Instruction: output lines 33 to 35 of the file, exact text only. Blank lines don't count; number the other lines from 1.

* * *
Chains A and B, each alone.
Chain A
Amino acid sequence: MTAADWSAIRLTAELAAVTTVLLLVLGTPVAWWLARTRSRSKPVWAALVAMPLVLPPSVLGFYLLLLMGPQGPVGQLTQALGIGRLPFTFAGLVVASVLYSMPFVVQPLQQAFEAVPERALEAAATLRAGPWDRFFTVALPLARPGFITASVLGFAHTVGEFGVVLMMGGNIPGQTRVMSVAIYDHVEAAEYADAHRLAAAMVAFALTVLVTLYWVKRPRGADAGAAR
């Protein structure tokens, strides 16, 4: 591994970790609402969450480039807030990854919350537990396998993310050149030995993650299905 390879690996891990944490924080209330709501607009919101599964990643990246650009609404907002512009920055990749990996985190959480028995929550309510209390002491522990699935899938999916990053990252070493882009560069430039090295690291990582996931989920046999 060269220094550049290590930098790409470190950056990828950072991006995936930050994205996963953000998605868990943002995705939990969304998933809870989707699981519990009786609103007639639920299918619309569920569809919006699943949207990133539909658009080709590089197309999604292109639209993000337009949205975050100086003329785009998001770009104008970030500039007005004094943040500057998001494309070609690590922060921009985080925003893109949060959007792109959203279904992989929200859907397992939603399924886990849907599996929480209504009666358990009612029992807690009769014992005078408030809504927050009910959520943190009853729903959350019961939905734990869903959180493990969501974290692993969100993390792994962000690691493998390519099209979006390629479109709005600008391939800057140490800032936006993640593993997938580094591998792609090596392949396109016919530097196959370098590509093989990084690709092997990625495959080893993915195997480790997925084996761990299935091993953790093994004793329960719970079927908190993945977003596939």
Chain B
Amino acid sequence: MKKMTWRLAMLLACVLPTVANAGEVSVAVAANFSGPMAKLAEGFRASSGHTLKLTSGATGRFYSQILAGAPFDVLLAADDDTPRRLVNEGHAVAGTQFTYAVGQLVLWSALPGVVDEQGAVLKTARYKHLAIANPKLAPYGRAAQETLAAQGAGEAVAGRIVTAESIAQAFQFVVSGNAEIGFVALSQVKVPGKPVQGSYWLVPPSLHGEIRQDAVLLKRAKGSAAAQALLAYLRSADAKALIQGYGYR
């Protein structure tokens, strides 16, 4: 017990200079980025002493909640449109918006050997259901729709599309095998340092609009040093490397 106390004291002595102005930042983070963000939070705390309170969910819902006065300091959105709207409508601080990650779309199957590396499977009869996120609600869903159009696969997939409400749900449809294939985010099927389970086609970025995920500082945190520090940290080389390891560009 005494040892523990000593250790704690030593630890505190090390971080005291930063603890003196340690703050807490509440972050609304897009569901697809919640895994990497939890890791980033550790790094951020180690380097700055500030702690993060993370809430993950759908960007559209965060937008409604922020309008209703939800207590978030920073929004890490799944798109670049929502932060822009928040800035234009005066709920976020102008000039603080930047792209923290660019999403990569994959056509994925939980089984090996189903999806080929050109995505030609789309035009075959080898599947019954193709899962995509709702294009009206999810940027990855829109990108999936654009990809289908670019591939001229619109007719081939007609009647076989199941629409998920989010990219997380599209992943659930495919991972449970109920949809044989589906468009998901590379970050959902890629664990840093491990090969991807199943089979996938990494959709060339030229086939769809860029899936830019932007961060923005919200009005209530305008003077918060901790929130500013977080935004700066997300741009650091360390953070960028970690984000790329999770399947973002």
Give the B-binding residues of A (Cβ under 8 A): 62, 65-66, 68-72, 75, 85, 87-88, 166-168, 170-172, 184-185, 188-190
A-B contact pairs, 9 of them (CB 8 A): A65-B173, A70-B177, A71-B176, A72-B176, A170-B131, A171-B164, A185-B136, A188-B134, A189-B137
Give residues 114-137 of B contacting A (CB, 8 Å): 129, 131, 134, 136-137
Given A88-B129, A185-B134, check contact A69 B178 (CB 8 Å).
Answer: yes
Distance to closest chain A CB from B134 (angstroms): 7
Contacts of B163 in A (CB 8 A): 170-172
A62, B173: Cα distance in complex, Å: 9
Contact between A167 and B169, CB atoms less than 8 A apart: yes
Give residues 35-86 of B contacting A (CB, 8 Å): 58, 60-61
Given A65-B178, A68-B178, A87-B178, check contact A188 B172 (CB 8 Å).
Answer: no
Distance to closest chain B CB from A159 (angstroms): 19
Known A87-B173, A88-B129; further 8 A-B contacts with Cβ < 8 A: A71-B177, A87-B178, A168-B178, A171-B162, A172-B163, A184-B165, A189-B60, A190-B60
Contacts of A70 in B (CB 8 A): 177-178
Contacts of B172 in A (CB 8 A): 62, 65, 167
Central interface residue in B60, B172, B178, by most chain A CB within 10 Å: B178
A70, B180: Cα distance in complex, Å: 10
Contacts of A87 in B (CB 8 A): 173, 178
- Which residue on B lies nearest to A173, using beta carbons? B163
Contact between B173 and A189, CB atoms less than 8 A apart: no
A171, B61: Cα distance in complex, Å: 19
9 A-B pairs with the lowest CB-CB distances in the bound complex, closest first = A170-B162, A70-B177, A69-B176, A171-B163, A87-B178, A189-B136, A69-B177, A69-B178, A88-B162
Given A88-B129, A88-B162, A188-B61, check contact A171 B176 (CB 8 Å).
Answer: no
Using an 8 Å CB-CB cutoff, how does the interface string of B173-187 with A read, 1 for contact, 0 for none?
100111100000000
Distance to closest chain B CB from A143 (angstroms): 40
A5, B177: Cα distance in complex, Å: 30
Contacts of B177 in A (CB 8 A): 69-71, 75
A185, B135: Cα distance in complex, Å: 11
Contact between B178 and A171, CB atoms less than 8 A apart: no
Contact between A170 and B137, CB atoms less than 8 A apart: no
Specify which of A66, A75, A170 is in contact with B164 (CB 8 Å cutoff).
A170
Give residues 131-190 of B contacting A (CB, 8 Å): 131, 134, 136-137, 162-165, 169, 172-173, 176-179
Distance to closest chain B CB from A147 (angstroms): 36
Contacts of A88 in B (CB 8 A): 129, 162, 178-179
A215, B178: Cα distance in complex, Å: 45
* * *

Using an 8 Å CB-CB cutoff, how does the interface string of B173-187 with A read, 1 for contact, 0 for none?
100111100000000
Distance to closest chain B CB from A143 (angstroms): 40